Bogota, Colombia — Colombia has become one of the most acclaimed international tourist destinations. With its slogan “Colombia is Magical Realism,” the country seeks to draw travelers by promoting its various tourism attractions according to their interests, including religious tourism. For the Easter break season, and throughout the year, Colombia offers 500 years of religious tradition that is reflected in an architectural, artistic and cultural heritage associated with the Catholic religion.
PROCOLOMBIA, the promotion agency of the Colombian government, presents the facets of religious tourism through a travel portal, where domestic and foreign tourists may find relevant information for their trip focused on these types of activities. During Holy Week – the week before Easter and the final week of Lent – visitors to Colombia will find a variety of activities and attractions such as churches, shrines, pilgrimages and festivals around the country.
“We identified that the international tourist is interested in having practical information and online tools that allow them to geo-locate sights and publish photographs of their experiences which may motivate more travelers to live the same experiences,” said Maria Claudia Lacouture, president of ProColombia.
For religious tourists in Colombia, here are seven sights during Holy Week not to miss:
Santa Cruz de Mompox
Santa Cruz de Mompox is located north of Colombia in the Bolivar sector. It was declared a Historical and Cultural Heritage Site by UNESCO and this is where the only marched processions take place in Colombia where pilgrims take two steps forward and one back as they walk along the procession.
Santuario Nuestra Señora de las Lajas
El Santuario de Nuestra Señora de las Lajas, in the town of Ipiales (Nariño), is referred to as the “miracle of God over the abyss” by the appearance of the “Virgen del Rosario” on-site in the late eighteenth century. The Sanctuary built in a Gothic architectural style was declared the second wonder of Colombia in 2007 and is visited by tourists and pilgrims from around the world.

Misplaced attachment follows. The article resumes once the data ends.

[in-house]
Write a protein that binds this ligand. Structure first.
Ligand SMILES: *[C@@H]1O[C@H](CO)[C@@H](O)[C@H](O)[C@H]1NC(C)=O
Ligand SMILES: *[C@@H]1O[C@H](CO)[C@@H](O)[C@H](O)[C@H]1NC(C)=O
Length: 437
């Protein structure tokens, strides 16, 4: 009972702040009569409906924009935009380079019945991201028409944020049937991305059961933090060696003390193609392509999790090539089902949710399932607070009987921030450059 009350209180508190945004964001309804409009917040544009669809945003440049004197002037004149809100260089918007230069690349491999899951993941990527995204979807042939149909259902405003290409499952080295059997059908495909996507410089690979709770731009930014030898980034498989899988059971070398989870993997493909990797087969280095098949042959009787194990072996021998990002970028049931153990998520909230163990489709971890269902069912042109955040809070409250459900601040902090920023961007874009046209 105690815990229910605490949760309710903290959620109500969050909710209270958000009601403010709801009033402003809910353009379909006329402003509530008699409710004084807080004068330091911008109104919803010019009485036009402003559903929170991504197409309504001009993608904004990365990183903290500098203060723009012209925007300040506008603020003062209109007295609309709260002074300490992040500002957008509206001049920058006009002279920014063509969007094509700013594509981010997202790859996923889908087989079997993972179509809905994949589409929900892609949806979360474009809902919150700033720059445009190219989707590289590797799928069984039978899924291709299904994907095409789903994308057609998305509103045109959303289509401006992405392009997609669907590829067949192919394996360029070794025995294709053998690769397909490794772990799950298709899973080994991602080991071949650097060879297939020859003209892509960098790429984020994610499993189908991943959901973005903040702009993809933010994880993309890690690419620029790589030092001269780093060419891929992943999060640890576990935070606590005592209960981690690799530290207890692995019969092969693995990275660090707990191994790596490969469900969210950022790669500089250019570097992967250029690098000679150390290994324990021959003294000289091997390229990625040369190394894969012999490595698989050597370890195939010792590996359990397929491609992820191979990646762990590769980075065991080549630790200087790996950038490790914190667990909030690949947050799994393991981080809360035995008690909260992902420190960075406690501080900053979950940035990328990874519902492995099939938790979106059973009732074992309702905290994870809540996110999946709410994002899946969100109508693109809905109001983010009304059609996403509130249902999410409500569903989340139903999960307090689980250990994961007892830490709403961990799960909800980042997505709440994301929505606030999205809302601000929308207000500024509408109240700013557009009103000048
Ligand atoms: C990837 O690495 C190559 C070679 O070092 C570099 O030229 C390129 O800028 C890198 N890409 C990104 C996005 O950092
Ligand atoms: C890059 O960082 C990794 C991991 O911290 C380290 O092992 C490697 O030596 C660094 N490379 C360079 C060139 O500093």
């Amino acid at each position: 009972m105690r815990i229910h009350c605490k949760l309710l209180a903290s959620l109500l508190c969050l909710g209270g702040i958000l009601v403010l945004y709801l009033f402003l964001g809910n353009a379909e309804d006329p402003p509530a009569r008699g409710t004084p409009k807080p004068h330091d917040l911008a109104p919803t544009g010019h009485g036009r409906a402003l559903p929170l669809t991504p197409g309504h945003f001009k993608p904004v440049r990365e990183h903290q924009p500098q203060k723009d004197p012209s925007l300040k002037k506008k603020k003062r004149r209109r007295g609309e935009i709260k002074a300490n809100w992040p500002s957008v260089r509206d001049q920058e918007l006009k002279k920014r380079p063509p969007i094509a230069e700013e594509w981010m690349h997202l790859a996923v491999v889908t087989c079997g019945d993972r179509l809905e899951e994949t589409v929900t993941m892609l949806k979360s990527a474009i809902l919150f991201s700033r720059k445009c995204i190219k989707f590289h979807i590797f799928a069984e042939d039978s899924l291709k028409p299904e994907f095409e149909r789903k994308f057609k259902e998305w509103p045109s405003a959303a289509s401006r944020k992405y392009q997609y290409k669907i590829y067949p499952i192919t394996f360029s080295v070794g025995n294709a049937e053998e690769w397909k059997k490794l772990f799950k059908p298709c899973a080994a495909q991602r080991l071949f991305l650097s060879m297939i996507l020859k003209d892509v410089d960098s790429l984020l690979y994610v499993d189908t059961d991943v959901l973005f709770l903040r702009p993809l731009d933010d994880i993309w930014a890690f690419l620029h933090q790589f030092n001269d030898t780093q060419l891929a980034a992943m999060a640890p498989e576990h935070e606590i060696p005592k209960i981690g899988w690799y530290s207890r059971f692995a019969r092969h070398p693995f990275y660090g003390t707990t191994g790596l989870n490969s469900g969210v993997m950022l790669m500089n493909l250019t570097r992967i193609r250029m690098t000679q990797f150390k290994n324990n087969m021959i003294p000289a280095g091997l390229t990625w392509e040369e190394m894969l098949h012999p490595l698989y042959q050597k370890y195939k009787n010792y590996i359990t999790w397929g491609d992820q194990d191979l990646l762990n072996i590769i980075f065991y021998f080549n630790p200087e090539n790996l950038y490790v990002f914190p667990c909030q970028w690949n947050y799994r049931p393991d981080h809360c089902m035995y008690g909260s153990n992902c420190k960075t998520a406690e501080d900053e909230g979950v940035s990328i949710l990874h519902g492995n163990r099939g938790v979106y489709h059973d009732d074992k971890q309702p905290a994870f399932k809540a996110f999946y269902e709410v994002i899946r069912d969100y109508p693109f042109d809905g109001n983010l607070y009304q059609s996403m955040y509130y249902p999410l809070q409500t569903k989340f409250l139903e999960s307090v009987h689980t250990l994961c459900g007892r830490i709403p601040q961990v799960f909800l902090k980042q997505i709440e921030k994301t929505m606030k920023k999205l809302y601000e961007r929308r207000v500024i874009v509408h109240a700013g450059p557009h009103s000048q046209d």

The capital of Cauca, Popayán is located in the middle of the central and western mountain ranges of the country and is crossed by the Cauca River. Holy Week in Popayan, carried out since 1566, is the country’s largest religious celebration. The processions, declared by UNESCO in 2009 as Intangible Cultural Heritage of Humanity, attract thousands of tourists every year. The tour of the Archdiocesan Museum of Religious Art, the festival of religious music and “little processions” or children, are activities not to miss while visiting this city.
Catedral de Sal de Zipaquirá
La Catedral de Sal (Salt Cathedral) is located on the outskirts of Bogota and it’s rated as one of the principal wonders of the country. The most amazing thing about this place is the architectural ingenuity to create a solemn and majestic Catholic church in an underground old salt mine, 180 meters below the surface, projecting the path of the Cross and the huge 16-meters cross carved into the nave.
The town of Pamplona, in Norte de Santander, is highlighted not only by devotion, but also by the details of the figures which are used to perform the Stations of the Cross during Holy Week. Another attraction here is the dedication of a space for children during this religious celebration, known as “Infant Easter Week.”
Cartagena, known as a destination for sun and beach, water sports and chic boutique hotels, also has a religious heritage reflected in its architecture. Sites to visit are The Cathedral of St Catherine of Alexandria located in the historic center of Cartagena, which was built in 1577 and completed 84 years later; and the Plaza de San Pedro Claver, which has a statue of San Pedro Claver (the Jesuit missionary who was called ‘slave of slaves’) by artist Enrique Grau is located by the church of the same name.